Biggest Zionist cover-up since 9/11

May 9, 2010

In News The Israel-Palestine Conflict

An Israeli author is suing the family of a soldier being held by Islamic militants in the Gaza Strip, claiming he plagiarised one of her books.

Shelly Elkayam is seeking royalties earned from the sales of When the Shark and the Fish First Met, a story written by Israeli Cpl Gilad Shalit when he was 11 years old and published after his capture four years ago.

“The story that Shalit wrote was written by me,” Ms Elkayam told Israeli army radio. “I have been a literary hostage of the Shalit family for four years.”

Shalit was captured in a cross-border raid by three Islamic groups, including Hamas, in June 2006 and spirited into the Gaza Strip, the tiny coastal territory controlled by Hamas.

His schoolteacher unearthed Cpl Shalit’s childhood story after his capture, and it has since been printed in 17 editions and several different languages. Cpl Shalit’s family have acknowledged that the story was inspired by Elkayam, but claim there are key differences in the text.

Elkayam, however, claims there were only “superficial changes” from her own book When the Snake and the Mouse First Met.

“They continue to steal my book rights, which was a best-seller from the time it was published up until they published Gilad’s book,” Ms Elkayam said. “Just like it’s his right to be free, it’s my right that my rights will be protected.”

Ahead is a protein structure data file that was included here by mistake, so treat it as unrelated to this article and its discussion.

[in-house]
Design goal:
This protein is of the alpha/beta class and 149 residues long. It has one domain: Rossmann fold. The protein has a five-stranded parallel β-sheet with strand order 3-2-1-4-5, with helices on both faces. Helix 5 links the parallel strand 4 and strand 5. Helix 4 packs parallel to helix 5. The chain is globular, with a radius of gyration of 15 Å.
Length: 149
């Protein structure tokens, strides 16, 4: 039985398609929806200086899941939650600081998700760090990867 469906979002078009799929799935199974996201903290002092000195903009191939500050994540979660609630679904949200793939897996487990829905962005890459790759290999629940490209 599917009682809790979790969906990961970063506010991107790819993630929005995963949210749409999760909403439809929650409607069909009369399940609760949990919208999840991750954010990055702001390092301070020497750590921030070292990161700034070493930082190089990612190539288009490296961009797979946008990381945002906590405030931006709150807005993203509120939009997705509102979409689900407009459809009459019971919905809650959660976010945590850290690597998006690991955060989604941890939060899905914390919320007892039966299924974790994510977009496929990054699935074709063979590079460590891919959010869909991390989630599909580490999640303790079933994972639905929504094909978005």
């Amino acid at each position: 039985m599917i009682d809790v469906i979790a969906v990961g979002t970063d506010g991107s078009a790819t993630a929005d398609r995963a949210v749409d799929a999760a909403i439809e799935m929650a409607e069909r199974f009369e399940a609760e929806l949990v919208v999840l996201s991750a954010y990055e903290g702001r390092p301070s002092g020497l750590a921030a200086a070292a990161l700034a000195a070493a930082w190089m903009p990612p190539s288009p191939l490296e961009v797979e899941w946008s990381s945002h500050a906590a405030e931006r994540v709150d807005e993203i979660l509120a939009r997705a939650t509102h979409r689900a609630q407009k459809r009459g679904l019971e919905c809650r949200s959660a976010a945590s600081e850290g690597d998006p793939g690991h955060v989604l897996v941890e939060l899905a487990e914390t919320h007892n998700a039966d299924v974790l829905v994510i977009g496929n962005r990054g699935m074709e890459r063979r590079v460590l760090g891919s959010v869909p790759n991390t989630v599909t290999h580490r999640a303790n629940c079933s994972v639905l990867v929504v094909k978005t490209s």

Cpl Shalit’s father, Noam Shalit, said that the family was aware of the allegations but was not personally involved in the publication of the book, Israel’s News1 website reported.

In Cpl Shalit’s 350-word-long story, a fish and a shark become friendly over a game of hide and seek, but are warned by their parents to stay away from each other. Nevertheless, they overcome their natural enmity to become friends and live in peace.

Cpl Shalit’s parents, tireless campaigners for his release, have used the story to keep Shalit’s plight alive among the Israeli public, and all the proceeds are directed into the campaign for his release.

Elkayam’s suit is unlikely to endear her to many Israelis, who have been transfixed by Cpl Shalit’s fate. Many support his release at any price, placing Israeli administrations under huge domestic pressure to secure his freedom.

Hamas is seeking to swap him for 1,000 Palestinian prisoners held in Israeli jails.